Excerpts From My Fourth Grade Diary
Most of us remember exactly where we were and what we were doing the day the Twin Towers fell.
Name: Kathleen DelGrande
Age: 10 and three-quarters.
Time: 9 AM.
Location: My fourth grade classroom.
As a ten year old I thought the world was a magical place, full of wonder and innocence. On September 11, 2001, my innocence and childhood was stripped from me, as the image of people jumping to their deaths, off of the collapsing Twin Towers, would forever be engraved in my memory.
That day I saw everyone act in a way I never had before. Growing up in a household where I was never allowed to watch TV during the week, suddenly, I now had to sit and watch a slide show of horrific images that were being continuously played on every channel, it seemed like. I was scared. All I saw was smoke, and then people started running, running to find their friends and family, never stopping to look back until they reached safety. That day America became a family, a community that was willing to help each other, and a shoulder to lean on.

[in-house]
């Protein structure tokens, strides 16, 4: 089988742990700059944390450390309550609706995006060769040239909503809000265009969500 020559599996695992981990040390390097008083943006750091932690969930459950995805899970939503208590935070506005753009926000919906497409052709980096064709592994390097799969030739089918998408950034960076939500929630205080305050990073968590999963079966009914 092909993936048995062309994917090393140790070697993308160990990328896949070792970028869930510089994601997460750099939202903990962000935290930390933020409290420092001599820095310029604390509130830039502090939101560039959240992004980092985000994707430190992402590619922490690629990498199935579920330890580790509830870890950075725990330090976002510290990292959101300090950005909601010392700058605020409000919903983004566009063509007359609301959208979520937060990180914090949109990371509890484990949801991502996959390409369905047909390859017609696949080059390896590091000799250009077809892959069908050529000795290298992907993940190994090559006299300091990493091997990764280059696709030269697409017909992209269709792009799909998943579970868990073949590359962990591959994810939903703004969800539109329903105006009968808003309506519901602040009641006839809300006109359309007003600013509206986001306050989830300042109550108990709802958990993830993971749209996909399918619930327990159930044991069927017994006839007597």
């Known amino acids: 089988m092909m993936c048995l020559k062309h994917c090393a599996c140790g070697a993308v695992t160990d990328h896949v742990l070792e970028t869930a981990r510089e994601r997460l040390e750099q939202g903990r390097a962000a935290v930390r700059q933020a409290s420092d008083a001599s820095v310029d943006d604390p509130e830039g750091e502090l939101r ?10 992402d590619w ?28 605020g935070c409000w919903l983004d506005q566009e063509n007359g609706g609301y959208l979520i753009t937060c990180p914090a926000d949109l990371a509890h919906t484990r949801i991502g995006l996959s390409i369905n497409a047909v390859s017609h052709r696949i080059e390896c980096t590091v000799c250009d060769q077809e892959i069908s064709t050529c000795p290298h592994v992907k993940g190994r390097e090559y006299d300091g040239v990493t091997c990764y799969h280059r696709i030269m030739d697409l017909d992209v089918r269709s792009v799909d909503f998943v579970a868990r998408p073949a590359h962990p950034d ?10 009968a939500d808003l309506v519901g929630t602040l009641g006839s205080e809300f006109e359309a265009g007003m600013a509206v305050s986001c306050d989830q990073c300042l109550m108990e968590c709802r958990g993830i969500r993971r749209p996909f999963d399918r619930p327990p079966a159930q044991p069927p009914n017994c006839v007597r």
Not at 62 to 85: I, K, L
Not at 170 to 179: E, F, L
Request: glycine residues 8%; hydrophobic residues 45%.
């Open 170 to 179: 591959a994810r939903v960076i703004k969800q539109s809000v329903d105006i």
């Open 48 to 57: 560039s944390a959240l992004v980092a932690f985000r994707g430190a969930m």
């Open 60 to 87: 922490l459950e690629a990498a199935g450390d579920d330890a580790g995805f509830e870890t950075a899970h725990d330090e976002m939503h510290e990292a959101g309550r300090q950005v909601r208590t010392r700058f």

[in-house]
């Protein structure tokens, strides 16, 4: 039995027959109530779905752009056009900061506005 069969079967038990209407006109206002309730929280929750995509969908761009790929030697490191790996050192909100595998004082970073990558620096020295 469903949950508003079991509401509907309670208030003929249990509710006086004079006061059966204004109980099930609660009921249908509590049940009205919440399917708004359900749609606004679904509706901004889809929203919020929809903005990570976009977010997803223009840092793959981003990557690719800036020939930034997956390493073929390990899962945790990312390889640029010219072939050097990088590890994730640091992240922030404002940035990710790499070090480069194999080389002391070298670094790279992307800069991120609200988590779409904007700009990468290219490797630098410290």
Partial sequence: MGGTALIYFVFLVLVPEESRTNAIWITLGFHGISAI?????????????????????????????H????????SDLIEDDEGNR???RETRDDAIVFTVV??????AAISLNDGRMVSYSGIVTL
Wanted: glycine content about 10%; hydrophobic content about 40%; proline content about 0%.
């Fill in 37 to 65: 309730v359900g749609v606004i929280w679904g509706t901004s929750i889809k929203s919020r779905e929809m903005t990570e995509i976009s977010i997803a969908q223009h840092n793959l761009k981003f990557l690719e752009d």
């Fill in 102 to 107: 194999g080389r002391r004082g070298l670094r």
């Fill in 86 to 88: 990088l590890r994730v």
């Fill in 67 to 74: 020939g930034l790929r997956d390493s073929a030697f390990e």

I picked up a pen and started writing, writing everything down until my hand hurt from squeezing it too tight. I thought that maybe the world still was a magical place, where my words would somehow lift off the page and reach someone in need. I hoped my words would empower someone, anyone, and give them even the smallest bolt of energy so they would be able to go back out there and save lives.
Since that day I’ve learned the power that words can have on people. We are beings that have used storytelling as a means of communication for centuries. As a journalist, I not only strive to report a story accurately, but also through my select choice of diction, compose a visual and emotional connection for the reader.